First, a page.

Genesis 11:5

The Lord came down to see the city and the tower, which mortals had built. Genesis 11:5

The Most Gracious, the Most Merciful

Part I
Standing outside now, you would not guess that the entire weekend has been baking and humid. Now the blessing of rain and coolness covers us. I've opened windows upstairs and downstairs, allowing for the draft of fresh rain throughout the house. It's quiet now, and has been for most of the day. Mom is at a wedding, a big fat Greek wedding. She does not want to appear in public with my hijab, so I could not attend. The past couple of weeks have been incredibly challenging, as I've had to choose between pleasing Allah and pleasing my mother. Surely Allah requires that I am kind and respectful and obedient to my mother, save cases in which obeying my mother would require disobedience to Allah. Since I've been home, I've removed my hijab when in public with her. But last weekend became quite intense, when mom refused to even appear at her church with me wearing a spring scarf around my neck. She sent me away, so I sat in Camp Hill and called the sheikh in London - I reached his voicemail, and learned that he does not work Sundays. I then rang a mosque in Philadelphia, and found a listening ear on the other end of the line. The gentleman took me seriously, and translated my story and concern into Arabic for the sheikh, whose answer was then translated to me in English. I must not remove my hijab for anyone, as this is a command from Allah subhana wa ta'ala, and we do not disobey Allah, our Creator, in order to obey Allah's creation. I must first please Allah, and then others will be pleased with me.

More and more I sense the brevity of this life. The more I meditate on the promise of the afterlife, the less difficult obedience to Allah in this life seems. I can count the number of hours, days, months, years that I will dwell on this earth - obedience in this finite period is well worth the sacrifice, in exchange for peace in the uncountable days of eternity. And I say that obedience now is well worth it, even if Allah does not grant me eternity. Obedience to Allah, adherence to Islam, to the best of my ability guides me to the remembrance of Allah, generosity, respect, conscientiousness, care for the environment, love for my family and others, and discipline. What wrong is there in this? Truly, this is how I want to live: humbly and thoughtfully. I am entitled to nothing in this life. Holding this thought at the forefront of my mind prevents me from allowing time to pass foolishly, by forgetting my Creator, Allah subhanah wa ta'ala.

This period of testing is not unique to me. My dear friend wrote to me explaining: "You are passing now through the stage that all new muslims have to go through when they convert into Islam. These people start having a stable spiritual life, but on the other hand they start facing difficulties in emotional and practical life. We call this critical stage "Ibtila" or "Bala." If you read the biography of the companions of the Prophet and the Prophet himself Peace be upon him, you would realise that they went through Bala'. Bala' is an exam from Allah in which a Muslim must show patience, tolerance and firmness."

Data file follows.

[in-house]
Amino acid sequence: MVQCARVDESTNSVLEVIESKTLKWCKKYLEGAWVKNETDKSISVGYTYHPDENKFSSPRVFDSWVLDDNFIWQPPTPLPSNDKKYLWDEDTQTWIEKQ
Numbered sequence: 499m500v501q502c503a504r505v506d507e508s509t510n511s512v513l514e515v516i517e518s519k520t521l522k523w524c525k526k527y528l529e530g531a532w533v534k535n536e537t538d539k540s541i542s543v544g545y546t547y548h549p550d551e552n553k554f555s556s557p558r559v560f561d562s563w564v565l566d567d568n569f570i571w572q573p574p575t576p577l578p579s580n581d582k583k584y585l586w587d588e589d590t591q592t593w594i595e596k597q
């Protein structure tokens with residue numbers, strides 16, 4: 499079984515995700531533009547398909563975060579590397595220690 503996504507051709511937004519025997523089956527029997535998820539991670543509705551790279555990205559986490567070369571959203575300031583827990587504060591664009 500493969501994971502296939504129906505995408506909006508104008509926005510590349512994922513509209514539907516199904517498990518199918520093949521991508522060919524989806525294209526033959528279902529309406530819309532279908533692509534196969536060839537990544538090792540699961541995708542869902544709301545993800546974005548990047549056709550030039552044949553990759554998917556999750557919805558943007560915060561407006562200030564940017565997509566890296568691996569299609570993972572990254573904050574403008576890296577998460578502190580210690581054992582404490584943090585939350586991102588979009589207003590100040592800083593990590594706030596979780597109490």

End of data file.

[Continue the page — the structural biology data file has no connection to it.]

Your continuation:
Despite these challenges, feeling as if I've been abandoned by my own mother, family, and dearest friends, I am astounded by the beauty of Islam on a daily basis. The moments of strength can come from a friendly phone calls reminding me to be patient, a recitation of Quran, an explanation of Quran and Hadith, or meeting other Muslims. I am currently reading two books: The Cambridge Companion to Classical Islamic Theology and The Sealed Nectar: Biography of the Noble Prophet (Peace be upon him).

Part II
Allah had mercy on me last night - when my mom came home from the wedding, which she was very angry I did not attend, she was peaceful and calm. Also, we had lunch with a strong Christian woman today, who I respect very much, but who I imagine would be quite shocked and confrontational if she learned of my reversion. Thankfully, she complimented my appearance, even though I was covering my hair with a small scarf (her husband was present), and discussions of religion remained neutral. All praise and thanks be to Allah for these mercies.

Today I'm making more of an effort to remove my photos on Facebook from the view of male Facebook friends. For the most part, I have been successful, although there does not seem to be a way to limit the viewing capacity of men when my photos have been posted by another friend. For now I am leaving those, because I don't want to lose those photos. Eventually pictures of me without hijab with not be visible to male Facebook friends.

My prayer this week is the Prayer of Musa (alayhi salaam) from Surah Al-Qasas (The Stories): "O Lord! Indeed I am in desperate need of whatever good You may bestow on me!" I've memorized it in Arabic {Rabbi Inni lima anzalta elaia min khairin faqeer}, and pray it regularly, particularly in reference to my desire to marry a man with certain merits, insha'Allah. You will find the prayer at minute 8:56 of the following recitation by Mishary bin Rashid Al-Fasy.

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